Central Bank of Chile sees lower rate hikes after hike to 9%

(Bloomberg) – Chile’s central bank slowed the pace of monetary tightening for the second straight meeting and said it would scale back the scale of future hikes to bring inflation back to its target.

The bank’s board, led by Rosanna Costa, raised the overnight rate by 75 basis points to 9% on Tuesday, as expected by nine of 15 economists in a Bloomberg survey. Six other analysts forecast a rise of a full percentage point. Policymakers have now raised borrowing costs by a total of 850 basis points since July.

With the information at its disposal, “the board of directors estimates that to ensure the convergence of inflation to 3% over a two-year horizon, additional adjustments of a lesser magnitude in the policy rate will be necessary,” the bank said. in a statement.

The central bank’s balance on rates is becoming more precarious as prices rise at the fastest pace in nearly three decades, even as the economy contracted in the first quarter. The national statistics institute is likely to report on Wednesday that inflation accelerated further in May, further complicating matters for the central bank, known as the BCCh.

A 75 basis point rise indicates “a still hawkish stance,” economists at Barclays Plc wrote in a report ahead of the decision. But at the same time, it shows “BCCh concerns about growth by cutting the pace by 125bps in the previous meeting.”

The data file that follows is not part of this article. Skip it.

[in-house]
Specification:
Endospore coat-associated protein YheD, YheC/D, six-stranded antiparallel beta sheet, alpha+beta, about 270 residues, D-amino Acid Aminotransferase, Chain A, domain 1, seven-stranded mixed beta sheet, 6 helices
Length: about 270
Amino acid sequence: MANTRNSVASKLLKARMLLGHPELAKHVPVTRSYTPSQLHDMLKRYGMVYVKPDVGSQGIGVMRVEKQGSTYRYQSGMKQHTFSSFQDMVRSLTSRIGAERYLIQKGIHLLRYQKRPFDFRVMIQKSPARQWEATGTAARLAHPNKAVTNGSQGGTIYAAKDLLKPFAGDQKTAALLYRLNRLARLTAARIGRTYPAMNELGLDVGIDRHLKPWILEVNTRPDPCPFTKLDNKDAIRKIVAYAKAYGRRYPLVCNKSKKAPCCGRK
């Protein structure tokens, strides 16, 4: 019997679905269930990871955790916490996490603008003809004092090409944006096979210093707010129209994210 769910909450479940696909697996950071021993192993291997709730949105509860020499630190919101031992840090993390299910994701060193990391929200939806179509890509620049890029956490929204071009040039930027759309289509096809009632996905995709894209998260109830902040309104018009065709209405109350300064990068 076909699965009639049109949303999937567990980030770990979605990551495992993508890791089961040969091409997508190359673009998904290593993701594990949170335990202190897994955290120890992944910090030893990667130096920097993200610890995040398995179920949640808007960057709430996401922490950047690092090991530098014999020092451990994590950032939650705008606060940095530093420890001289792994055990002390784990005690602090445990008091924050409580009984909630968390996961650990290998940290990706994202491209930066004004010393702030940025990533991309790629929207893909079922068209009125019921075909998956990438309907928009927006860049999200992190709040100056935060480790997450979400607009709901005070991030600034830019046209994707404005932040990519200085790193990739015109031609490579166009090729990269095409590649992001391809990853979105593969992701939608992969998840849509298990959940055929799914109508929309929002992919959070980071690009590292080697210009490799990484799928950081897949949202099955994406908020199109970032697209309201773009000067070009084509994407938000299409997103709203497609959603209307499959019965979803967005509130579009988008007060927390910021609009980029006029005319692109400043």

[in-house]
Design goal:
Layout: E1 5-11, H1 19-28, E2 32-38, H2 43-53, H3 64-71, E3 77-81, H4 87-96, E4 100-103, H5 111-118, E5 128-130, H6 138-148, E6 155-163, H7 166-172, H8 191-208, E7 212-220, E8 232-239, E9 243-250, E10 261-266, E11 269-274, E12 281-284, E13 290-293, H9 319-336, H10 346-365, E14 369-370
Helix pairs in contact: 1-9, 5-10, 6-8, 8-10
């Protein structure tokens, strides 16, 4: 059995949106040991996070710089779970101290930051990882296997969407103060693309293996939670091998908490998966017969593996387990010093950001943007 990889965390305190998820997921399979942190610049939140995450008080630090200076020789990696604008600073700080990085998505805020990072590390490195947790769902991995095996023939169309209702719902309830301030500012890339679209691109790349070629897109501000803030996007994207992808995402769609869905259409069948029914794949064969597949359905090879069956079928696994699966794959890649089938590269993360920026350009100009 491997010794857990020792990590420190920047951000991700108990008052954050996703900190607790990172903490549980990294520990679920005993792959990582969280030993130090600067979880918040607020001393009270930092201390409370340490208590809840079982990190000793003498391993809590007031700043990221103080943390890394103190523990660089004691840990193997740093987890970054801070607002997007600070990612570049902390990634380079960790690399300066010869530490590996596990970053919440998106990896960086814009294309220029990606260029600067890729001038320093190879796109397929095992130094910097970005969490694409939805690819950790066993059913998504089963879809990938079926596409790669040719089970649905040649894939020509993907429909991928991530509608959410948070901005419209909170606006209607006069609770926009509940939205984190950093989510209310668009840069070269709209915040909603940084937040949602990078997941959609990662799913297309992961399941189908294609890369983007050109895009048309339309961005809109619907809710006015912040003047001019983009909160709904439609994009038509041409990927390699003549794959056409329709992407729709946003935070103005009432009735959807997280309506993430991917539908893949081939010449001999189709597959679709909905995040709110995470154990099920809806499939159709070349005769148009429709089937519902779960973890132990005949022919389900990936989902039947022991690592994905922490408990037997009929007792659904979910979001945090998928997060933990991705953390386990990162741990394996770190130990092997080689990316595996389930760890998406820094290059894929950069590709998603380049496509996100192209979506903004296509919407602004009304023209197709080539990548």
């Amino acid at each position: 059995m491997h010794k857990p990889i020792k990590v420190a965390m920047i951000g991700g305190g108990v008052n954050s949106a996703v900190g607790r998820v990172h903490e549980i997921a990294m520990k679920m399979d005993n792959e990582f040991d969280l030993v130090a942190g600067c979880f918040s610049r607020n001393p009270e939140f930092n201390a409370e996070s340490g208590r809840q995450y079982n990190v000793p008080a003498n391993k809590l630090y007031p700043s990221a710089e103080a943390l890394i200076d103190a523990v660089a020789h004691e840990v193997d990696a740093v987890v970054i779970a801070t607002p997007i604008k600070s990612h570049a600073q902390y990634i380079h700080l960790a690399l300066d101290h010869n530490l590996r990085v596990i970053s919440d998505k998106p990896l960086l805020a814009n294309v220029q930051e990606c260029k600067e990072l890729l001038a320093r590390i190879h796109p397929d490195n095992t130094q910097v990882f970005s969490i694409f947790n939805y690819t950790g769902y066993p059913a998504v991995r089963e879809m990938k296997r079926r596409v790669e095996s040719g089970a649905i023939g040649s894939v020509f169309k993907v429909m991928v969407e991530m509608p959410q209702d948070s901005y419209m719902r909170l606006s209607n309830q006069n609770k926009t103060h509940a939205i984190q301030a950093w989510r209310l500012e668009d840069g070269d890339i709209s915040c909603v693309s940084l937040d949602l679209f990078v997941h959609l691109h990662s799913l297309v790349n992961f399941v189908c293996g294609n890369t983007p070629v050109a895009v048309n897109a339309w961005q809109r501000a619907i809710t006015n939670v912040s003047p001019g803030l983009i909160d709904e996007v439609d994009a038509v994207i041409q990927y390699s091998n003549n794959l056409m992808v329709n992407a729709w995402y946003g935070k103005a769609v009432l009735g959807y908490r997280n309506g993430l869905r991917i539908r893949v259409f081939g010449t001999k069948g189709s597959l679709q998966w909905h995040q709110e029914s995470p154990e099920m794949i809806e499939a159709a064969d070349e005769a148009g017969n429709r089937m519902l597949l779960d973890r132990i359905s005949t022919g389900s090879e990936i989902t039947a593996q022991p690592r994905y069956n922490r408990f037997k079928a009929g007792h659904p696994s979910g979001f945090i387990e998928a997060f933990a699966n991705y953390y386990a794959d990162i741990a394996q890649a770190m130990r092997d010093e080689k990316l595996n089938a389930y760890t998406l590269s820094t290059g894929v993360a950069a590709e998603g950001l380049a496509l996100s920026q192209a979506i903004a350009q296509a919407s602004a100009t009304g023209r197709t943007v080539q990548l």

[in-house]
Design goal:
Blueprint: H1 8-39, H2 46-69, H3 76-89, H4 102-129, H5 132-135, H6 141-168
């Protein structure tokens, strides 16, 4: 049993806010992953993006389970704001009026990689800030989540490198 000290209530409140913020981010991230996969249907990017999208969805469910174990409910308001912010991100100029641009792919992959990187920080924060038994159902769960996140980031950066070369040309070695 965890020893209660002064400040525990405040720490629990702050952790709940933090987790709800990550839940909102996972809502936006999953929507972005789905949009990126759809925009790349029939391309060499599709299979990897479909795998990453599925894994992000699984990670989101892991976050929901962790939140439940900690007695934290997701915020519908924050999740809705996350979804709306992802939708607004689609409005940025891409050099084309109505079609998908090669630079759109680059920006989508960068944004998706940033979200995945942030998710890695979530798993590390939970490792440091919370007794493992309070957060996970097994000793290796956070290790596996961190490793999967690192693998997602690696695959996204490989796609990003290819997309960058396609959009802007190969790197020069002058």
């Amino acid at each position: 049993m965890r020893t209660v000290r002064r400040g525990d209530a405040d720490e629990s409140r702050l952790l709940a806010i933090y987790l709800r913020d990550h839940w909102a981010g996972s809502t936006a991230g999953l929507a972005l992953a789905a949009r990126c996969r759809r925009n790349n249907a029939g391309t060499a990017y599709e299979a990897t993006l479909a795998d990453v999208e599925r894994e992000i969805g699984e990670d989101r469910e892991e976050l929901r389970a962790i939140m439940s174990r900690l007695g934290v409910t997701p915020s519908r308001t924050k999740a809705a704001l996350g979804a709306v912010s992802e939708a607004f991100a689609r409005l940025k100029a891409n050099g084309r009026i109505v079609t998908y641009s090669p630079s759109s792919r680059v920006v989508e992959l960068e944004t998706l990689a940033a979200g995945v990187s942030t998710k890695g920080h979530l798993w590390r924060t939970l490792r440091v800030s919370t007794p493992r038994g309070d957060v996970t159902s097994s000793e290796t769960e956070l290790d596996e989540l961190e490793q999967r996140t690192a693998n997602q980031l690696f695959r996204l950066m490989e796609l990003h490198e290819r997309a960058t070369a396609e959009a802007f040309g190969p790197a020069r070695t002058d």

Read more: Chilean economy comes back to earth with first quarter decline

The government is taking steps to reduce the impact of inflation on consumers. In recent weeks, the administration of President Gabriel Boric has outlined plans to double the amount of resources diverted to a fuel price stabilization fund known as Mepco, while increasing funding for the poor.

Consumer prices likely rose 11.4% in May from a year earlier, according to economists polled by Bloomberg, almost four times the inflation target of 3%.

Economic activity fell in April as declines in mining and manufacturing overshadowed an increase in trade. Businesses are delaying spending as the country drafts a new constitution, which will go to a referendum on September 4.

(Updates with statement quote in third paragraph.)

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